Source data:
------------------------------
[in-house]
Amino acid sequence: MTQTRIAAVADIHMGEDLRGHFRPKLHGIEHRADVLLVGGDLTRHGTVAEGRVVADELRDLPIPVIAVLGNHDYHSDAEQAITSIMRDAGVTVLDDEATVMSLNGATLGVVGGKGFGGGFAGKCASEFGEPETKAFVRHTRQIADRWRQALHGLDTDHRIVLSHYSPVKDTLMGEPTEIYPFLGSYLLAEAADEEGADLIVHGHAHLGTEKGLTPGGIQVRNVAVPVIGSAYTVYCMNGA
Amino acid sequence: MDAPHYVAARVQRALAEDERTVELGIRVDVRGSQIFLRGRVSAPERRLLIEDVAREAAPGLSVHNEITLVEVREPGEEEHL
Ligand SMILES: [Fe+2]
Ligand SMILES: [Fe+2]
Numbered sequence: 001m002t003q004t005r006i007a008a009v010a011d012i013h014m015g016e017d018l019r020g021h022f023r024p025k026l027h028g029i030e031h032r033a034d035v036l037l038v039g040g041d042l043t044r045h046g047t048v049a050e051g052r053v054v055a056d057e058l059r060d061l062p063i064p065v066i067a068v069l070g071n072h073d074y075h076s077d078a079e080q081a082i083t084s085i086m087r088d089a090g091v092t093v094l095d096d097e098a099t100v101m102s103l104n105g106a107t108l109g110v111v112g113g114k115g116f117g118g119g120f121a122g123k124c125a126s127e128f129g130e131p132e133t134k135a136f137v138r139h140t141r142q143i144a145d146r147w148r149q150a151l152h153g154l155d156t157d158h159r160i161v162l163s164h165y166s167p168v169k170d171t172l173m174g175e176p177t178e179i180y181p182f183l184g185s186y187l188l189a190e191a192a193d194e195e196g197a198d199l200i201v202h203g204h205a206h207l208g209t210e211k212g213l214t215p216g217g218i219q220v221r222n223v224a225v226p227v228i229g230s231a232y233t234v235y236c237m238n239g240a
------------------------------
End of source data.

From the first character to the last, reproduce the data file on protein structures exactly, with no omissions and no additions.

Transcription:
[in-house]
Amino acid sequence: MTQTRIAAVADIHMGEDLRGHFRPKLHGIEHRADVLLVGGDLTRHGTVAEGRVVADELRDLPIPVIAVLGNHDYHSDAEQAITSIMRDAGVTVLDDEATVMSLNGATLGVVGGKGFGGGFAGKCASEFGEPETKAFVRHTRQIADRWRQALHGLDTDHRIVLSHYSPVKDTLMGEPTEIYPFLGSYLLAEAADEEGADLIVHGHAHLGTEKGLTPGGIQVRNVAVPVIGSAYTVYCMNGA
Amino acid sequence: MDAPHYVAARVQRALAEDERTVELGIRVDVRGSQIFLRGRVSAPERRLLIEDVAREAAPGLSVHNEITLVEVREPGEEEHL
Ligand SMILES: [Fe+2]
Ligand SMILES: [Fe+2]
Numbered sequence: 001m002t003q004t005r006i007a008a009v010a011d012i013h014m015g016e017d018l019r020g021h022f023r024p025k026l027h028g029i030e031h032r033a034d035v036l037l038v039g040g041d042l043t044r045h046g047t048v049a050e051g052r053v054v055a056d057e058l059r060d061l062p063i064p065v066i067a068v069l070g071n072h073d074y075h076s077d078a079e080q081a082i083t084s085i086m087r088d089a090g091v092t093v094l095d096d097e098a099t100v101m102s103l104n105g106a107t108l109g110v111v112g113g114k115g116f117g118g119g120f121a122g123k124c125a126s127e128f129g130e131p132e133t134k135a136f137v138r139h140t141r142q143i144a145d146r147w148r149q150a151l152h153g154l155d156t157d158h159r160i161v162l163s164h165y166s167p168v169k170d171t172l173m174g175e176p177t178e179i180y181p182f183l184g185s186y187l188l189a190e191a192a193d194e195e196g197a198d199l200i201v202h203g204h205a206h207l208g209t210e211k212g213l214t215p216g217g218i219q220v221r222n223v224a225v226p227v228i229g230s231a232y233t234v235y236c237m238n239g240a